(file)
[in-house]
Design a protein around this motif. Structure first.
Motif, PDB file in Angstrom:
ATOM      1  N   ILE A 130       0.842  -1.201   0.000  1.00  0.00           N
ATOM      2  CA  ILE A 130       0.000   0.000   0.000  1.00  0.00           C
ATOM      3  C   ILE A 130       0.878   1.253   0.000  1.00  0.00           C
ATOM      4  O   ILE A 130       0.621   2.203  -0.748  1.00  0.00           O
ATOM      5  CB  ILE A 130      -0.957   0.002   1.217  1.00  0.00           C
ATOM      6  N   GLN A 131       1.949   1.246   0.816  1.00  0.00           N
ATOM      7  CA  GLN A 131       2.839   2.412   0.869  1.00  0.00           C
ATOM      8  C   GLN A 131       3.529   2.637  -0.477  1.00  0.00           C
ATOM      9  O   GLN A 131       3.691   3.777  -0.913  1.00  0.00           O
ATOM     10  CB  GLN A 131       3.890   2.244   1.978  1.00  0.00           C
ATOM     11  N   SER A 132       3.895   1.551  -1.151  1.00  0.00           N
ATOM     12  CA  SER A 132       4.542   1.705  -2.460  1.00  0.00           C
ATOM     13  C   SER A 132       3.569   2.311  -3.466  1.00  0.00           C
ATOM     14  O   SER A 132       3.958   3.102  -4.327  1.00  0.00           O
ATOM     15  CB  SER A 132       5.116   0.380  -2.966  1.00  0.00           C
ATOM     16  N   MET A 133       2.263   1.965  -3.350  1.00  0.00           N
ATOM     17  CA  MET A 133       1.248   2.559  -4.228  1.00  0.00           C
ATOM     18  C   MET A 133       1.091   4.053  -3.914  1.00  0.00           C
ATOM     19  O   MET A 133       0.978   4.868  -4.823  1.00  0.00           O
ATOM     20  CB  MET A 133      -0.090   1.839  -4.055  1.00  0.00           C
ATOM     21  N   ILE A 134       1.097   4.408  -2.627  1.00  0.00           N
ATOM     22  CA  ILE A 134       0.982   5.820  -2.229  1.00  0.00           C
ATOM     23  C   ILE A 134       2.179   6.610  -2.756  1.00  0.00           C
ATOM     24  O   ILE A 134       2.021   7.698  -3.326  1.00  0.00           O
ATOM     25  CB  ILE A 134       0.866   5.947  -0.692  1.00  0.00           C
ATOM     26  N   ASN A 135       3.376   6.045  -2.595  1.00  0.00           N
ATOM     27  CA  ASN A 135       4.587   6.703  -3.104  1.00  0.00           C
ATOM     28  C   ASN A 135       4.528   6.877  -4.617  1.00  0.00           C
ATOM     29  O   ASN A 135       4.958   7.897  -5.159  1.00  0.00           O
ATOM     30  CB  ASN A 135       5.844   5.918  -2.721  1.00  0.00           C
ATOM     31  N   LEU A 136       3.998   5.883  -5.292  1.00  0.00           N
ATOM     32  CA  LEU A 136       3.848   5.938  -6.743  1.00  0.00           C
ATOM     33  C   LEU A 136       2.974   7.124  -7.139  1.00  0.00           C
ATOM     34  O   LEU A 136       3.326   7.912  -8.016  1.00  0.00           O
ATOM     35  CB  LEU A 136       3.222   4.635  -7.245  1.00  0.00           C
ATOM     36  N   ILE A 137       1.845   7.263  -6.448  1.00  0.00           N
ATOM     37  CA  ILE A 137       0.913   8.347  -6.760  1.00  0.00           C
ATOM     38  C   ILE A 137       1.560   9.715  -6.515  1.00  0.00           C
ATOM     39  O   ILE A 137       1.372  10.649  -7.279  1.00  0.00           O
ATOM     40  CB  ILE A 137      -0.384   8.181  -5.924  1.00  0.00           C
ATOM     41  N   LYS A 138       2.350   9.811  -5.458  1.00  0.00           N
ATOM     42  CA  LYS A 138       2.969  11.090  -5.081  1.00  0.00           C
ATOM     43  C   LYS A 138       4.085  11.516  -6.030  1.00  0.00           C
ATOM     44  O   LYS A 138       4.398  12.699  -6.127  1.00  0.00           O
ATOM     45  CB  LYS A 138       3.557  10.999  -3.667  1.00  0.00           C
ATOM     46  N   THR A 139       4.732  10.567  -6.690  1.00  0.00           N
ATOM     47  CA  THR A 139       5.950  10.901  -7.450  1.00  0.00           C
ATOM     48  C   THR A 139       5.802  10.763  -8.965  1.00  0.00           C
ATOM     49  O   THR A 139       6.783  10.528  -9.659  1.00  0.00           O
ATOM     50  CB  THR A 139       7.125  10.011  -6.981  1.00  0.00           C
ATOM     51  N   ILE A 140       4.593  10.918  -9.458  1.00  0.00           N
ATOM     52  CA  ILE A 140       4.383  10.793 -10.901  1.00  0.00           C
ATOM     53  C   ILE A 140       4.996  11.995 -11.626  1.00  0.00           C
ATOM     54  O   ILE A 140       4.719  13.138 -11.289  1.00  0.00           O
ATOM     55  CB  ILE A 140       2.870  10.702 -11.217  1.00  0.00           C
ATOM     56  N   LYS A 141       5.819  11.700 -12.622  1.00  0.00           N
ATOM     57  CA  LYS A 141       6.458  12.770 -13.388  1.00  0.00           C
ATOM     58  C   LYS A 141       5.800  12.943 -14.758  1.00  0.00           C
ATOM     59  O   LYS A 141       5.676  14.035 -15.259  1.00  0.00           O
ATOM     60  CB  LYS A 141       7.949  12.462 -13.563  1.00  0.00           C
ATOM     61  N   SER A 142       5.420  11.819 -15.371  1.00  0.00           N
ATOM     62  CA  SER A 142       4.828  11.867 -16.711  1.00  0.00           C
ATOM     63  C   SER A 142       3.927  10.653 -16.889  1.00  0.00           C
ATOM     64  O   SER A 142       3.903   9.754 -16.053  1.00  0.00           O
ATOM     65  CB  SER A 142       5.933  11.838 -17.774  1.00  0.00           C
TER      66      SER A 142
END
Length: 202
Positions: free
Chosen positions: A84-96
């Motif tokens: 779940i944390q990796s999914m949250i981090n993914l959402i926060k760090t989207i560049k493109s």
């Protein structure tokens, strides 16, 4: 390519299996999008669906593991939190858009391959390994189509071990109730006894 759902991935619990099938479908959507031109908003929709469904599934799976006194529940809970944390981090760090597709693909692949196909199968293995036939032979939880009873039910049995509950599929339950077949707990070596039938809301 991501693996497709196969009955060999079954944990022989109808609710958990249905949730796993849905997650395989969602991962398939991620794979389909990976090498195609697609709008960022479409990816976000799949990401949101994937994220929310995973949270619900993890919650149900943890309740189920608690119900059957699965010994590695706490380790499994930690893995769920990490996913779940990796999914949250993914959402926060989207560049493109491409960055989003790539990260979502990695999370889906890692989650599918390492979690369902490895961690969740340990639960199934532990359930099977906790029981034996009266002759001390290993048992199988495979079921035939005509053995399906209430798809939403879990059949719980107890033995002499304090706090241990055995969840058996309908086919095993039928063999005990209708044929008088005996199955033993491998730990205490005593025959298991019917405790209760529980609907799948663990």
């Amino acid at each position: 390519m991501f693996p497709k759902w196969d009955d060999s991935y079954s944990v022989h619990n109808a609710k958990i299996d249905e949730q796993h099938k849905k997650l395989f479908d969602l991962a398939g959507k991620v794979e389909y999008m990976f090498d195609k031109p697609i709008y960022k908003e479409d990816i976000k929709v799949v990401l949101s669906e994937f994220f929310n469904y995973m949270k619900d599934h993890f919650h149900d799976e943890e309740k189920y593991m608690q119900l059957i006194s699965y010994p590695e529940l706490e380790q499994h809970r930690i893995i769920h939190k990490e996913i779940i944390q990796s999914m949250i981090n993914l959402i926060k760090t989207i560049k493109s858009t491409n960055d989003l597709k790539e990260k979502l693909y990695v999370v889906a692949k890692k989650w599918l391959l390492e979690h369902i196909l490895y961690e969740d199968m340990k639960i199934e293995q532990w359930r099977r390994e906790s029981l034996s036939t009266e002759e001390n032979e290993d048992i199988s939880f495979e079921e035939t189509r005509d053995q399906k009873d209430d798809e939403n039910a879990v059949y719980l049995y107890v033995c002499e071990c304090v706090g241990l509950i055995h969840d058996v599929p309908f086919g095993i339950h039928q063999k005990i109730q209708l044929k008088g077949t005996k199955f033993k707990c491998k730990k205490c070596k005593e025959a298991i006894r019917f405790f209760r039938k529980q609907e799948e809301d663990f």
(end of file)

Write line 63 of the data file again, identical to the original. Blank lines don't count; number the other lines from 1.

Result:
ATOM     60  CB  LYS A 141       7.949  12.462 -13.563  1.00  0.00           C